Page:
A notice was posted on a Lake Pointchartrain online sailing page. A boat competing in the Mid Winter Flying Scot National Championship needed a 110-120 pound crew. National races. Big opportunity to learn about the boat I had worked on for over two years but not sailed. I jumped at the chance. Before anyone else could possibly respond, I expressed my interest. With a few emails, it was decided I was moderately qualified. During phone conversations with both the skipper and the crew, they explained my job would be to “help hold the boat down,” to shift around to keep the craft flat. Anyone can do that. Right? I made it very clear, I was NOT a skilled Scot sailor, revealing my advanced age and stressing I had minutes of Scot experience.
We all agreed. I know how to sail so how hard could it be?
The fact that I was crewing on someone else’s boat made it easy. Not much prep, little stress and I was looking forward to being on a compact craft for the first time in a long while. As part of a highly experienced crew it was a chance to learn a lot. I was excited.
During the cool, breezy day-before practice sail I assured myself the sporty weather, with sharp blocky waves on a small boat was good experience. Once on the boat — things changed. I felt clumsy and awkward. Everything was squished together. The first time I crossed the for a tack, I kicked the clutches on top of the centerboard. It was as if clown shoes suddenly dangled from my not-limber enough legs. Bull-in-a-Scot-style, I ducked the boom then flopped on the tiny spot on the windward deck. Unsure of every move I hesitated. Every bit of confidence I had at the dock, was suddenly gone. I was a clown, and had the shoes too big for the boat to prove it.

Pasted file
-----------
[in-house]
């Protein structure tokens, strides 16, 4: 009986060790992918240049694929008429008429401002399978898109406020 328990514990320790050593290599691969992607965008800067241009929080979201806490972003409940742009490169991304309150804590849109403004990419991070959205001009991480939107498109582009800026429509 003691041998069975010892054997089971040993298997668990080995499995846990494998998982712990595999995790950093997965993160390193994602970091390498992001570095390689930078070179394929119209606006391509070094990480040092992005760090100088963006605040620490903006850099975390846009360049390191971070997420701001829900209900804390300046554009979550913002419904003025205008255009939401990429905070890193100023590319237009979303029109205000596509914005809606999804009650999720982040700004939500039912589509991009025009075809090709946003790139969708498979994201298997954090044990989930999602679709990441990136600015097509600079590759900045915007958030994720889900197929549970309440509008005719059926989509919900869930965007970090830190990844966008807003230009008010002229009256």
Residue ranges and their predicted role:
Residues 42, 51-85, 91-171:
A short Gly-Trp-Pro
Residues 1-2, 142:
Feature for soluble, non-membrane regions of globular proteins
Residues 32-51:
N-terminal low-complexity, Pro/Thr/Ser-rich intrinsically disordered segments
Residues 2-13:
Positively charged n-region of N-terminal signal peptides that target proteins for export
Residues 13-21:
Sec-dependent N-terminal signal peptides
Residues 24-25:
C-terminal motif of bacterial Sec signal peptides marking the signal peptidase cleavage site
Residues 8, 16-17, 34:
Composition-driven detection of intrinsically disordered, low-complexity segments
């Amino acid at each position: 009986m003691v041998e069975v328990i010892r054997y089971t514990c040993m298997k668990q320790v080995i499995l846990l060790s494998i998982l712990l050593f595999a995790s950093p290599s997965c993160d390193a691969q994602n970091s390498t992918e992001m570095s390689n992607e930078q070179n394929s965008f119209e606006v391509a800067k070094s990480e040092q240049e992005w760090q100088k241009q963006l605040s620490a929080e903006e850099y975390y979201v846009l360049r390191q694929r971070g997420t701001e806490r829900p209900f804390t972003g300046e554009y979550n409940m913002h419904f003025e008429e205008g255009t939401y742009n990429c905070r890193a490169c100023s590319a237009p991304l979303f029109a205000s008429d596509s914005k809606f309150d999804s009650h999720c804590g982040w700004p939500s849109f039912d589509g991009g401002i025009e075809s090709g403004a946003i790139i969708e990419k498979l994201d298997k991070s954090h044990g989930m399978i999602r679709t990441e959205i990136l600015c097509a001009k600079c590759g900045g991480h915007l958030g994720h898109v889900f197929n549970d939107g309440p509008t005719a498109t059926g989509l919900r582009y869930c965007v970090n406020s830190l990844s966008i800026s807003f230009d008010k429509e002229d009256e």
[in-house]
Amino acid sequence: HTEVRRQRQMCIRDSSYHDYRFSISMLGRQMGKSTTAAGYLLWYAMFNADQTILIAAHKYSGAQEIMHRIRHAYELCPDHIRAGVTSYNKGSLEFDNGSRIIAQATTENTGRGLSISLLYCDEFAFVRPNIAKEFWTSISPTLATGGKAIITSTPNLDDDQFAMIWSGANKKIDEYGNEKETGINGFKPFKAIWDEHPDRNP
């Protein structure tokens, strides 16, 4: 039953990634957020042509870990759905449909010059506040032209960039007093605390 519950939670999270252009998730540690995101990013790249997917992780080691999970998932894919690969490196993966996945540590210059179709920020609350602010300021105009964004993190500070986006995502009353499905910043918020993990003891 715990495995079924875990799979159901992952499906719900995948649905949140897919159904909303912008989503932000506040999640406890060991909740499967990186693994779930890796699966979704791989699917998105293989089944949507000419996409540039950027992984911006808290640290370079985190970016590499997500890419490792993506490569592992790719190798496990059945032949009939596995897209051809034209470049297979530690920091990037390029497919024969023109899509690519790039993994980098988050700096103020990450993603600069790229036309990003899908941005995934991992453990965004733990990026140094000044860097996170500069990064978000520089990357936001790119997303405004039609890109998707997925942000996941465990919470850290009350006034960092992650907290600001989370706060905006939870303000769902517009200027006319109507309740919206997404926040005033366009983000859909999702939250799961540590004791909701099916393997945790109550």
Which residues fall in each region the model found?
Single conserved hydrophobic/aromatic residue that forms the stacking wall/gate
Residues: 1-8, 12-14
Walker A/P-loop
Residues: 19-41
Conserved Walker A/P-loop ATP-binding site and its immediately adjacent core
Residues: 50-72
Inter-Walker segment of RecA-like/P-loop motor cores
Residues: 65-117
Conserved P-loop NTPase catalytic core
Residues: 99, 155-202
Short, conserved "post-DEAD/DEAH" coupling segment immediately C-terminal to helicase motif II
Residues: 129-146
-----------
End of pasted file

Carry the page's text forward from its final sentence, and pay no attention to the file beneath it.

Still, I was assigned “extra” non-ballast duties; help set the spinnaker, trim the jib, work the centerboard, help with the vang and put the pole under the deck. There were surely other tasks doled out by the skipper and the crew, instructions for me to pull on this or that when something or the other was going on, but I was too focused on the size of my feet to absorb any of it.
The first spinnaker set, was a minor cluster with ample barking from all but me. I raised the centerboard at glacial speed, so slowly the regular crew snatched the line from my hands, swiftly providing an example of the way it should be hauled. She did this even though she herself was having topping lift issues. Lickidee split! Done. She spread her arms overhead like a cowboy in a rodeo after tying the calf to clearly express how fast I should move. I felt slow, week. No, feeble.
After aiding me, she could not set the pole. “Uncleat!” she barked. I checked under my big feet — and under my old lady buns. Good! I was not sitting a the line. A stopper knot with a one inch tail was at the cleat — definitely the bitter end — if I was looking at the right line. Yep, the skipper confirmed the line was too short. Hapless as I was, I was handed the helm, clinging to the vang and the hiking strap (which I wondered how to employ while at the helm) with my “free” hand. The skipper shimmied under the leeward foredeck to sort out the problem. Not reacting in a big puff, failing to ease the mainsheet (laying at my Bigfoot feet), could cause the boat to roll. Surely the skipper would be trapped along with his and the mate’s life jackets tossed below the foredeck. As he emerged, the good-crew commented “a mistake like that, and we all could die.” “What? We’re not going to die!” the skipper rolled his eyes. Her off hand comment, perhaps directed at my clinging to the hiking line, solidified the vision of a small boat catastrophe, caused by my certain ineptness.